The bank of course charges interest on those loans and only pays a fraction back to it’s depositors.  That’s how they make money!  Which leads to…

2.  Investors see savings as a loss…except…

If you read the first chapter of Investments by Bodie, you’ll notice something odd.  Investors never compare their investments to a savings accounts?

Investor compare investment returns to U.S. Treasury Bonds or T-Bill (or it’s equivalent in the UK..etc).  Why?  U.S. government has a very low probability of defaulting, it almost always has a better return rate than a savings accounts (usually) and it can meet it’s obligations by printing money!  Let’s sample some recent T-Bill rates:

Date1 Month1 Year5 Year10 Year30 Year
June 1, 20181.742.282.742.893.04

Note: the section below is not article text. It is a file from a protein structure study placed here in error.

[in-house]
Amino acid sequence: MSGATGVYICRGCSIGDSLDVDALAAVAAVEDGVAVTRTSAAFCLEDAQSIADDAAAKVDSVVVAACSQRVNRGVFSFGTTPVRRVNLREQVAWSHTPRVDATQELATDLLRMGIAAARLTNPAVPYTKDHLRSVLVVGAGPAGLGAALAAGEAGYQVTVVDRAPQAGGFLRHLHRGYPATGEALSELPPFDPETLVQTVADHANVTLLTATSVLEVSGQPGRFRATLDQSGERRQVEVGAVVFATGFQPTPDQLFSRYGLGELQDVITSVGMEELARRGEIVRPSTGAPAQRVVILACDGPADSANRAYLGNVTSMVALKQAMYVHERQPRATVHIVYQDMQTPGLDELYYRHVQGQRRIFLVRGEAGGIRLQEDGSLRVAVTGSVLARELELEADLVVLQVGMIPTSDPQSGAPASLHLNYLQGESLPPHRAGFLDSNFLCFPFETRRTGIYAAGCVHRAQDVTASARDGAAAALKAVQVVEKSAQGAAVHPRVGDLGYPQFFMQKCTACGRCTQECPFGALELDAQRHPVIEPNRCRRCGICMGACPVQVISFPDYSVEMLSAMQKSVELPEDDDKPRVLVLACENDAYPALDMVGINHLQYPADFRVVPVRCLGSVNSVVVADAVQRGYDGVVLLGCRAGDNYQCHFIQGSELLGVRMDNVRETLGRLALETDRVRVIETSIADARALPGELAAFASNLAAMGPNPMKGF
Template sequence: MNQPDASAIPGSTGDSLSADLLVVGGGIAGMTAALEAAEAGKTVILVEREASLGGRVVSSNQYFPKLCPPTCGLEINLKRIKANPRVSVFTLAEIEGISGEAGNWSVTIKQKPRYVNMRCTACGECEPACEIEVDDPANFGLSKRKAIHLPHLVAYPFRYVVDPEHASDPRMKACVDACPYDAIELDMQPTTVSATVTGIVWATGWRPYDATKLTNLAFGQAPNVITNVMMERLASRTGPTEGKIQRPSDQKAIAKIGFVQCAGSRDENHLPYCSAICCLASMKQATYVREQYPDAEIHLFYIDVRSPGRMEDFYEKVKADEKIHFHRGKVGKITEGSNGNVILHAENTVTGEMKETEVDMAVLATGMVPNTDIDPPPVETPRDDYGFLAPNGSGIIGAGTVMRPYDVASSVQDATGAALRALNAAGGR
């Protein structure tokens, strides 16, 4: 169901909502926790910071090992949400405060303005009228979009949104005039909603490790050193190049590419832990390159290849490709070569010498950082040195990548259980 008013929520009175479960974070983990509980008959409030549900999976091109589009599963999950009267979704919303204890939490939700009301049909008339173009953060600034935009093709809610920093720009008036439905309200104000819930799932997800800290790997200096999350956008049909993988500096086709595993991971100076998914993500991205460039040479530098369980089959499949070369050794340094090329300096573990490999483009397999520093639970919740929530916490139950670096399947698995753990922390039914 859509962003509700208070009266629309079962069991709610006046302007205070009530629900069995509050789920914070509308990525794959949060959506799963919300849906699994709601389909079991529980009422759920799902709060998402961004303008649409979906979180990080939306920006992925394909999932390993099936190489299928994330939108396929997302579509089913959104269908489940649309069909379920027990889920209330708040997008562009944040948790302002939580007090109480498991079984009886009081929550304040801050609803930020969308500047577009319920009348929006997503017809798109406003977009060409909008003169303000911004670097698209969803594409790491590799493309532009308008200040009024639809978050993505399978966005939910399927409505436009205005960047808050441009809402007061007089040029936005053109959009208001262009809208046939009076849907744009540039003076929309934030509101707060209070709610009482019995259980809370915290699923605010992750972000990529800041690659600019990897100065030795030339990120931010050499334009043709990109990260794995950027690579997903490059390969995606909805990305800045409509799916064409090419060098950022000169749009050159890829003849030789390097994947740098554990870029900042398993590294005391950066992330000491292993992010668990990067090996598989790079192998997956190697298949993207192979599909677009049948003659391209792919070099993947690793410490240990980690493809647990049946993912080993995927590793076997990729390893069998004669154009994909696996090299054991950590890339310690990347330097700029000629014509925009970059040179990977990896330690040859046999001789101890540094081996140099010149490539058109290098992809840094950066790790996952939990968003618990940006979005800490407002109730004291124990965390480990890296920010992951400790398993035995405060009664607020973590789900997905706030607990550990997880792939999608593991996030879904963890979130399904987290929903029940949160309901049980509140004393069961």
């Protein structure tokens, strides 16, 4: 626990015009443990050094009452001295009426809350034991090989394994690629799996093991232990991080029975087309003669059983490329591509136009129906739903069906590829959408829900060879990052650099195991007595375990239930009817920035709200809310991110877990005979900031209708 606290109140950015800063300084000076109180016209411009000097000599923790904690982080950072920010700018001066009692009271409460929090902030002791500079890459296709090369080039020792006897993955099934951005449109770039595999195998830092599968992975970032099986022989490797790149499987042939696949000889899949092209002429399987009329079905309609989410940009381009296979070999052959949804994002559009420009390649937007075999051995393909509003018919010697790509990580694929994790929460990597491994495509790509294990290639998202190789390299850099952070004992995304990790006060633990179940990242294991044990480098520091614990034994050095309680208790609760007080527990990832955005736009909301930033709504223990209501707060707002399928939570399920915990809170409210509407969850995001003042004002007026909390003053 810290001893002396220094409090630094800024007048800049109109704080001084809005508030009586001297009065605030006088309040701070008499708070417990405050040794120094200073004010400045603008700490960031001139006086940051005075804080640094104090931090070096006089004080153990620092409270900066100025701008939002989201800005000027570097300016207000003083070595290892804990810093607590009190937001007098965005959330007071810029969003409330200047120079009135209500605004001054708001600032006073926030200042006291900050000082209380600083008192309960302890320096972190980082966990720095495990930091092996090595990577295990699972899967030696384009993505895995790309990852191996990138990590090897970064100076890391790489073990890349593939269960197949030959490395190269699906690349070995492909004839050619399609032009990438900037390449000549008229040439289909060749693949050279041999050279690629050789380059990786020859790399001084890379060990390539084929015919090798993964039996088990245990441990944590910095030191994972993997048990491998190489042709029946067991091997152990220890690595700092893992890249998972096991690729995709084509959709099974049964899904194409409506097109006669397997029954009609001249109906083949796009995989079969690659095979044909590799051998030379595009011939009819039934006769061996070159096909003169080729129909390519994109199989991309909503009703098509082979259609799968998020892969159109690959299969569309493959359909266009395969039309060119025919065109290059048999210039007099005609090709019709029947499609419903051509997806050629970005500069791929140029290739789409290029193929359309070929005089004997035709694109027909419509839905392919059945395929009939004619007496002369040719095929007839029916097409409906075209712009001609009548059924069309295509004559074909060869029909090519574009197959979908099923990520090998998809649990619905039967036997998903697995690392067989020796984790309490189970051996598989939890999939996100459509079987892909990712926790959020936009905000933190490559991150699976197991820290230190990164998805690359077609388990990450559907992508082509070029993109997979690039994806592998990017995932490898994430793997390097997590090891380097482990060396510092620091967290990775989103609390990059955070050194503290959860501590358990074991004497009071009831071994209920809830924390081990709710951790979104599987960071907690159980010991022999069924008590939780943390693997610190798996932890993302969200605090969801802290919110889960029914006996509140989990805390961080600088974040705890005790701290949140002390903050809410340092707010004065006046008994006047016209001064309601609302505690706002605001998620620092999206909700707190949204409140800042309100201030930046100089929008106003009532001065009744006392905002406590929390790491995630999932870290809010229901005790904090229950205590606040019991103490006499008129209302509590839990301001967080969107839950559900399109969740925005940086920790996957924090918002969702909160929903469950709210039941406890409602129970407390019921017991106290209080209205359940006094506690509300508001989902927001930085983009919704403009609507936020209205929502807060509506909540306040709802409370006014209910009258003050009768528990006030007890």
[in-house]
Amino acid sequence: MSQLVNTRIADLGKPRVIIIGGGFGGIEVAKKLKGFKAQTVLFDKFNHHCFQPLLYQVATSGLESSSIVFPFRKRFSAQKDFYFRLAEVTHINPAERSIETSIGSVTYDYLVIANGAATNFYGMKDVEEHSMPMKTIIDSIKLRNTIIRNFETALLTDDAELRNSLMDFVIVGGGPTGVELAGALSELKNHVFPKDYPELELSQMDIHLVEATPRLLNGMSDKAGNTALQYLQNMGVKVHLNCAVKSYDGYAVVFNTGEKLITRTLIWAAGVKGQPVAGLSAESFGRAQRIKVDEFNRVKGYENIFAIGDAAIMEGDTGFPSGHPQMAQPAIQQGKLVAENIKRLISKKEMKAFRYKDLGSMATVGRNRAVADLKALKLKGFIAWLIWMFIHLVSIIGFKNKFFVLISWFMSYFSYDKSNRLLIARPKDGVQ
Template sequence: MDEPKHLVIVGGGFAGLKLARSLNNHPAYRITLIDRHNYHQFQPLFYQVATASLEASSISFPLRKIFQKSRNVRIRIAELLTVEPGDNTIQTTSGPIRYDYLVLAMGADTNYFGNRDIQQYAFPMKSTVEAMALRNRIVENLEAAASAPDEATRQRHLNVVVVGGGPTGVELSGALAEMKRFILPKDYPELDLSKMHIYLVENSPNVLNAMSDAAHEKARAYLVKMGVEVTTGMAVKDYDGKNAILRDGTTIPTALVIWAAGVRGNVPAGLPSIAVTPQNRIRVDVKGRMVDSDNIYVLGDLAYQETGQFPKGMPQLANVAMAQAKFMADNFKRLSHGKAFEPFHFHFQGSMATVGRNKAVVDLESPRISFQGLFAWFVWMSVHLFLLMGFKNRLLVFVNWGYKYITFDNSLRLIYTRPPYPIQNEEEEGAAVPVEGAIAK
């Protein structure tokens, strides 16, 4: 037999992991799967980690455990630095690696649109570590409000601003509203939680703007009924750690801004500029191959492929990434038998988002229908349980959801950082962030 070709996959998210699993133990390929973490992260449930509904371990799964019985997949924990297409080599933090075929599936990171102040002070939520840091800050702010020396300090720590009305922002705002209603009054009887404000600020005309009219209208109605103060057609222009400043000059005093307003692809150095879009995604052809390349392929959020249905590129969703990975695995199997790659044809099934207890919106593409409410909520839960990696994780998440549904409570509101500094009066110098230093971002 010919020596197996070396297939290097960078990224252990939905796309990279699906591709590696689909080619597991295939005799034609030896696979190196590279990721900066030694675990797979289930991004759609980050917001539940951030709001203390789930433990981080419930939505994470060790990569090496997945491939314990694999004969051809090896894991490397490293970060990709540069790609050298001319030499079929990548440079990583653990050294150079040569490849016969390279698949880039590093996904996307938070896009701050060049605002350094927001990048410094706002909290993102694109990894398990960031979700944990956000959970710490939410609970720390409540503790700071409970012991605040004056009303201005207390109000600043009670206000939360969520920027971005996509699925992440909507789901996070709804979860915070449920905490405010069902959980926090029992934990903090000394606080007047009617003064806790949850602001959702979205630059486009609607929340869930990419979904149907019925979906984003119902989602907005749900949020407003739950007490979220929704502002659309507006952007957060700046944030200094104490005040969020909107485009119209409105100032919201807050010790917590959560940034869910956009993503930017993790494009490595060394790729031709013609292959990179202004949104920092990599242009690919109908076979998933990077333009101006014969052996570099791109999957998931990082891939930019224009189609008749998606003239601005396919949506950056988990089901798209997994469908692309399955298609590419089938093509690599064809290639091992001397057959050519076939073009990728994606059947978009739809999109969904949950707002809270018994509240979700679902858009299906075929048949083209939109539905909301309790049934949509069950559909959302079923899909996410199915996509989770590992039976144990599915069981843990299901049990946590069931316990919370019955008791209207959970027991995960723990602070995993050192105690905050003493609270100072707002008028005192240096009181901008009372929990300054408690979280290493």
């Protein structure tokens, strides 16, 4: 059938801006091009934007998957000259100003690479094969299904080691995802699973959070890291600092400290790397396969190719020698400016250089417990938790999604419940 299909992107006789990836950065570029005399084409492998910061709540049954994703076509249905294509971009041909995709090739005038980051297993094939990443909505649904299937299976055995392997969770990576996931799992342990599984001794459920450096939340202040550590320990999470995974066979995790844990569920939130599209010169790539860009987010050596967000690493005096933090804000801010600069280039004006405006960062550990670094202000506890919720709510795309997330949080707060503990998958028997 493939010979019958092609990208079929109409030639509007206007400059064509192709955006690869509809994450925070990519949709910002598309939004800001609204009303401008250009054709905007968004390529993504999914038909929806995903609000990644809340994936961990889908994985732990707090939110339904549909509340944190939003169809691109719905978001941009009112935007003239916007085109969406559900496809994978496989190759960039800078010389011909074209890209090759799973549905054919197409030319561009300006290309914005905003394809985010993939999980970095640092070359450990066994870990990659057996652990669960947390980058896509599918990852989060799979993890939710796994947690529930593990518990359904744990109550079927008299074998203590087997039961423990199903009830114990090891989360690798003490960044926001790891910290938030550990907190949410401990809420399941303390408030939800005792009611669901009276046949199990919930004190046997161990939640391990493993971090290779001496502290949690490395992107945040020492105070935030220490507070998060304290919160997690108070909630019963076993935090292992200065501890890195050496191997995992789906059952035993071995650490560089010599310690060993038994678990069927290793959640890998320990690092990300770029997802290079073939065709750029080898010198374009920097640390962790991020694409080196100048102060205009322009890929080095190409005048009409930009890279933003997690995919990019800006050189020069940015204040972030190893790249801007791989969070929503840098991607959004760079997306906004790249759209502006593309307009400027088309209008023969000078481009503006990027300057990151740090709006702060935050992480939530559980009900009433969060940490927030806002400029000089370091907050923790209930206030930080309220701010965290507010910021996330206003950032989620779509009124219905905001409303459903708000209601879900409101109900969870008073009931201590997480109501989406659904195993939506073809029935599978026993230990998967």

June 4, 20181.772.32.782.943.08
June 5, 20181.822.322.762.923.07
June 6, 20181.812.322.812.973.13
June 7, 20181.782.312.772.933.08
June 8, 20181.782.32.772.933.08
June 11, 20181.822.322.82.963.1

Companies reflect a similar attitude when it concerns saving money!  They like generating cash and having it present to pay for operating expenses, but they don’t want to hoard cash for it’s own sake.  Companies typically reinvest cash in the business to create a greater return or return cash back to its shareholders when they can’t.  If a business can’t create a good return on your money (due to maybe a saturated market), it is probably best that they return the capital so that it can be employed in other opportunities.

Cash is still king! If you don’t generate cash quick enough, you will go broke!  If you don’t have cash or other liquid assets available, it’s hard to take advantage of price drops in assets (in say stocks).  Cash is prized for it’s liquidity, but represents an opportunity cost in the medium to long-term.

3.  Oh no! Inflation!

Ever hear people talk about when the price of bread was $.10?  Do you feel like the price of coffee has doubled over the last 10+ years?